Federal judges yesterday issued orders in four lawsuits over 340B program contract pharmacy policy.

New Developments in 340B Contract Pharmacy Lawsuits

Federal courts in Delaware, Indiana, and New Jersey yesterday issued orders related to the federal government’s May 17 demand to six drug manufacturers to immediately resume unrestricted 340B pricing on drugs shipped to contract pharmacies.

The government last week asked AstraZeneca, Eli Lilly, Novartis, Novo Nordisk, Sanofi, and United Therapeutics to provide an update by next Tuesday, June 1, on their plans for resuming 340B pricing when covered entities contract with outside pharmacies. It said decisions about whether to impose civil fines on the companies of up to $5,883.00 for each instance of 340B overcharging would be based on each company’s willingness to comply.

Eli Lilly, AstraZeneca, Sanofi, and Novo Nordisk began filing suits in January to stop the U.S. Health and Human Services Department (HHS) from enforcing its Dec. 30 legal advisory opinion that their 340B contract pharmacy pricing denials were at odds with the 340B statute. Lilly and Sanofi also are suing to stop HHS from implementing its 340B program administrative dispute resolution (ADR) system.

Lilly Developments

Lilly last week asked U.S. District Judge Sarah Evans Barker in Indianapolis for a preliminary injunction and temporary restraining order (TRO) barring HHS “from taking any adverse action against Lilly” related to HHS’s advisory opinion or HRSA’s demand letter, until the judge rules on the validity of the advisory opinion.

Barker yesterday scheduled a hearing for this Thursday, May 27, on Lilly’s TRO request. “The court will rule as quickly as possible on the motion as it relates to the underlying merits of this case,” the judge said. Barker denied a request by six national hospital groups to participate in Tuesday’s hearing. She scheduled a June 16 hearing on Lilly’s request for a preliminary injunction.

In March, Barker granted Lilly’s motion for a preliminary injunction stopping HHS from implementing or enforcing its 340B ADR regulations against Lilly.

AstraZeneca: “Hundreds of Millions” Monthly in Fines Possible

U.S. Judge Leonard Stark of the District of Delaware yesterday denied AstraZeneca’s request for a stay in proceedings but granted its request to expedite a final decision in the case. Stark previously had scheduled a June 7 hearing on AstraZeneca’s for summary judgement in its favor and the government’s motion either to dismiss the case or to grant summary judgement in its favor. Stark yesterday moved up that hearing to this Thursday, May 27.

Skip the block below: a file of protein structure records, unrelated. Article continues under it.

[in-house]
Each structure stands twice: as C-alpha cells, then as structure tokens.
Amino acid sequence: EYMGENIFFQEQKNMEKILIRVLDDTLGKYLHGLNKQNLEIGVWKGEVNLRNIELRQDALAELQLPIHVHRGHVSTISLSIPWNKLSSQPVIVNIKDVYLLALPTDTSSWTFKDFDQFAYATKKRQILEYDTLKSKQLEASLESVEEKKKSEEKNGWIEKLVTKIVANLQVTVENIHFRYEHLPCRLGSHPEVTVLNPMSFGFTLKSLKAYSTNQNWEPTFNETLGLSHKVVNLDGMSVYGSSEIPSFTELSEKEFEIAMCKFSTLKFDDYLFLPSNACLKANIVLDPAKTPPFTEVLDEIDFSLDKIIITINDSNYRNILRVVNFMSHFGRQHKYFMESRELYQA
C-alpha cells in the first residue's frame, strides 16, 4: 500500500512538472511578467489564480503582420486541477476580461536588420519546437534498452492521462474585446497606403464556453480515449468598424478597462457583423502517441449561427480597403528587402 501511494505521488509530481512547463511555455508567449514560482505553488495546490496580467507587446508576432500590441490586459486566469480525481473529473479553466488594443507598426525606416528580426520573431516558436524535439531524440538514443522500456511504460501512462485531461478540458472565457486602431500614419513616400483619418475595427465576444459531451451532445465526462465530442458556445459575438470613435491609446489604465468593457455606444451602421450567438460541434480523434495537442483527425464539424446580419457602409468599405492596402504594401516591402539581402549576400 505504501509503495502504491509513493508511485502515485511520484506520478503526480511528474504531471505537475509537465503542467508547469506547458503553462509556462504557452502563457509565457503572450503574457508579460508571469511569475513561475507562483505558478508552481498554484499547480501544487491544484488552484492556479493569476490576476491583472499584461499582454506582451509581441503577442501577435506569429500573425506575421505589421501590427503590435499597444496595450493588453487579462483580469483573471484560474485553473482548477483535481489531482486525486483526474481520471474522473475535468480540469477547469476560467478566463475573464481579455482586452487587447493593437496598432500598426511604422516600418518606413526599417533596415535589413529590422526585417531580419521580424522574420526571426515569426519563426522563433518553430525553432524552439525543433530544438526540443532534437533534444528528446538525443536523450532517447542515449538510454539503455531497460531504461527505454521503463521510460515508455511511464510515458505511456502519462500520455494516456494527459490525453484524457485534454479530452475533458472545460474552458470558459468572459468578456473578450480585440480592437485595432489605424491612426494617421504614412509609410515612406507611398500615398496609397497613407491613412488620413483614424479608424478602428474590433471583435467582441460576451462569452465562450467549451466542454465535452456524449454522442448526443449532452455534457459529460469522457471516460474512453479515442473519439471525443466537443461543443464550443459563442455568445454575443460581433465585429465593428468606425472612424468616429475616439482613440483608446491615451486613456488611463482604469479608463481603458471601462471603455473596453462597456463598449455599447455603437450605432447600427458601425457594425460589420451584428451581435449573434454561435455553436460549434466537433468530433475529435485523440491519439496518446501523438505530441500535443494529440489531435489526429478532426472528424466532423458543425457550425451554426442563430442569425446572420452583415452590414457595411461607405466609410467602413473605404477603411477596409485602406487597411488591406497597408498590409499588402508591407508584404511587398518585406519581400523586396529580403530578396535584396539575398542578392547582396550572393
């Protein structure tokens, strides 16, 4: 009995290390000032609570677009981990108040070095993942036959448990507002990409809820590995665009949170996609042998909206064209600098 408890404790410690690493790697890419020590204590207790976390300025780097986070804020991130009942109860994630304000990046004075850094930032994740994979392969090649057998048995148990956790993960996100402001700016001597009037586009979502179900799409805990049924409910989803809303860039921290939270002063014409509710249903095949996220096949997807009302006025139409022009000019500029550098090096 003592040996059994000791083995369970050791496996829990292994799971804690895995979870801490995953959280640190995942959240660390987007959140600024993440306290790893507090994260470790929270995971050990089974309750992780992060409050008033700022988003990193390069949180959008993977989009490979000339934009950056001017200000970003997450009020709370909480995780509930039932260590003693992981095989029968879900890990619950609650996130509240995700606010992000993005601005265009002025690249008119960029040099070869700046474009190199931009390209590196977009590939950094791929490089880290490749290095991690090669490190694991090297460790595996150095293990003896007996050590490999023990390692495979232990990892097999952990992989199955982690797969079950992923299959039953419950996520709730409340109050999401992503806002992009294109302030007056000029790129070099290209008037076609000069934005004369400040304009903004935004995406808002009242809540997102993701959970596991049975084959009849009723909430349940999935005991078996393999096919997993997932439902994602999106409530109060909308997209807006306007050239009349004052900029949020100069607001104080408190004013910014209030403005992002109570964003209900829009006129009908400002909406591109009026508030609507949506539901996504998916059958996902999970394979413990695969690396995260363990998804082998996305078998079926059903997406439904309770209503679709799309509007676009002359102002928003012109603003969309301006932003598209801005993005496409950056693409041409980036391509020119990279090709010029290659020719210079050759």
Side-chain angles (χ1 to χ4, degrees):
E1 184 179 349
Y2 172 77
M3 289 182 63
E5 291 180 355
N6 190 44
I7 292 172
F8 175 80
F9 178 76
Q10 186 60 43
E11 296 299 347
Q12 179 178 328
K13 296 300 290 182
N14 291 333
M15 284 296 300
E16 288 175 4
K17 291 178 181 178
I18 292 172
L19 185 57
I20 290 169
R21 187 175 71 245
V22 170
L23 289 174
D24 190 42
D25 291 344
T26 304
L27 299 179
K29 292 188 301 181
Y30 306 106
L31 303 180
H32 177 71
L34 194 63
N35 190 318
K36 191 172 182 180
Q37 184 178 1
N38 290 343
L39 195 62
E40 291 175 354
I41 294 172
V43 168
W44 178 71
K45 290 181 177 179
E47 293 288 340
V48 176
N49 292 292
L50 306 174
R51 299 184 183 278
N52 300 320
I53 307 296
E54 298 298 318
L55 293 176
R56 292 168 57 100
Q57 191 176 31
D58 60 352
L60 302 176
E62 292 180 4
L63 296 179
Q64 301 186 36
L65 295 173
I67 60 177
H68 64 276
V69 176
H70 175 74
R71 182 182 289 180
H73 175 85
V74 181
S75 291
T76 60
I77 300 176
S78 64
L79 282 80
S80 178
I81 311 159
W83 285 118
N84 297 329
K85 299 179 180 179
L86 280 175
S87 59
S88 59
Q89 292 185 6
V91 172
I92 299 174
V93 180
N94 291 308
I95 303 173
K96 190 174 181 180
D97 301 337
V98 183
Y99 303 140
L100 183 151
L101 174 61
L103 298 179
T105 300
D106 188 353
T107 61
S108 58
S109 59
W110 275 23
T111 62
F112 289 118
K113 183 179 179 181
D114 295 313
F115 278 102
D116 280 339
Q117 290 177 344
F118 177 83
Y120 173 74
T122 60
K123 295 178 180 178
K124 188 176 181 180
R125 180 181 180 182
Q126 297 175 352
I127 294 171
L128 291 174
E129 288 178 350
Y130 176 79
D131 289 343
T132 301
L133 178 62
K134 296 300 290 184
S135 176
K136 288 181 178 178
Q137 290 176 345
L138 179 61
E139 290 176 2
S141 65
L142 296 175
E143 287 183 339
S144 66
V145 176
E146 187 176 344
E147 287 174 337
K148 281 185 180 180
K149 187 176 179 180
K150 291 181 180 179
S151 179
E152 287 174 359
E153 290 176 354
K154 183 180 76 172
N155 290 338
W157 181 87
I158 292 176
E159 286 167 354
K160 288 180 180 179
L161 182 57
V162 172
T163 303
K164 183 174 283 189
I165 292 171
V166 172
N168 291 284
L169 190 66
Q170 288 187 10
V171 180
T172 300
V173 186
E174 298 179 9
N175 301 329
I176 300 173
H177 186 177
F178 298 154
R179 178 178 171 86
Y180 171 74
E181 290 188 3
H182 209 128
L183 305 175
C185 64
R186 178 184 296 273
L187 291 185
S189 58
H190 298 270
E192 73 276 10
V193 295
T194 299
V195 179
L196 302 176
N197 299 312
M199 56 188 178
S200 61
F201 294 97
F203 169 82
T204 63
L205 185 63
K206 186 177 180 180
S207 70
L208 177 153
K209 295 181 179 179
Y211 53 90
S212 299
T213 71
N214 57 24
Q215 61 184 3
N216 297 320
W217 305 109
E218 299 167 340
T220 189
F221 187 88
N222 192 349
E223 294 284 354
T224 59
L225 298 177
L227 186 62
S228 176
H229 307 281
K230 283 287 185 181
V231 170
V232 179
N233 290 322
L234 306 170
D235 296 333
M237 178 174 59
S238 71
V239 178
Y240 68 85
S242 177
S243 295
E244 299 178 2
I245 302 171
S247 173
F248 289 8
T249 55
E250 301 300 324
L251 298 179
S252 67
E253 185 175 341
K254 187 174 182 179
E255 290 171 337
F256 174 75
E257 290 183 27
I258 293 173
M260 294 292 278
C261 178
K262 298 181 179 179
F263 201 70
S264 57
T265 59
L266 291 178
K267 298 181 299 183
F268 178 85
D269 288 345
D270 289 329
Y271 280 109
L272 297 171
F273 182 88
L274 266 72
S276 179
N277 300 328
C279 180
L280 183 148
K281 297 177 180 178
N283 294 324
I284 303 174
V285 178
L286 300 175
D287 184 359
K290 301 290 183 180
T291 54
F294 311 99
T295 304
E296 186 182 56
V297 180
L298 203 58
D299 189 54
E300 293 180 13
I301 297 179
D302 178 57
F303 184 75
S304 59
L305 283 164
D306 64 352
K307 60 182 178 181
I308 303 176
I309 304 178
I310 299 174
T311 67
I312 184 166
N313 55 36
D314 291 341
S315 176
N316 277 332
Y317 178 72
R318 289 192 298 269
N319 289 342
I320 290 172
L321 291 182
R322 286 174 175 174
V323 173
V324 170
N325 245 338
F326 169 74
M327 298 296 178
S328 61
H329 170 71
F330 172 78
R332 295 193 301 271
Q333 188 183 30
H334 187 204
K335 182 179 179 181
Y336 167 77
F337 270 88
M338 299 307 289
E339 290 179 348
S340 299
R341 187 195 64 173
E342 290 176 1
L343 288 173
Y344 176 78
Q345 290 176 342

Also yesterday, American Hospital Association (AHA), 340B Health, America’s Essential Hospitals, the Association of American Medical Colleges (AAMC), Children’s Hospital Association (CHA), and ASHP (American Society of Health-System Pharmacists) filed a friend of the court brief in support of the government’s position. Last month, Stark denied the groups permission to participate in the lawsuit as litigants on an equal footing with AstraZeneca and the government.

AstraZeneca last week asked Judge Stark in Wilmington, Del., for either a short administrative stay or an expedited final ruling in its lawsuit challenging HHS’s advisory opinion.

In a sworn declaration appended to its May 19 motion, the AstraZeneca executive responsible for oversight of the 340B program told Stark that, “given the sheer number of 340B sales that we make every year,” AstraZeneca “could face hundreds of millions of dollars per month” in 340B program civil monetary penalties for overcharges. The figure “does not include potential reimbursement requests from covered entities,” it noted.

It was one of the first known public statements by one of the four companies suing HHS quantifying the potential financial stakes for the manufacturers.

Sanofi and Novo Nordisk Developments

Sanofi’s lawsuit challenging the advisory opinion and ADR regulations, and Novo Nordisk’s suit challenging just the advisory opinion, both are being heard by Chief Judge Freda Wolfson of U.S. District Court in Trenton, N.J.

Last week Thursday, Sanofi asked Wolfson to stay HHS’s June 1 deadline for the company to disclose its plan for complying with HHS’s May 17 directive to resume 340B pricing on drugs shipped to contract pharmacies, and to expedite its final ruling in the case.

Novo Nordisk filed similar motions last Friday.

Wolfson yesterday in both cases ordered the government to respond by no later than today, May 25, to Sanofi and Novo Nordisk’s request for stays. She also ordered both companies by no later than today to amend their complaints against the government “to add additional factual allegations” related to HHS’s May 17 letters to the companies.

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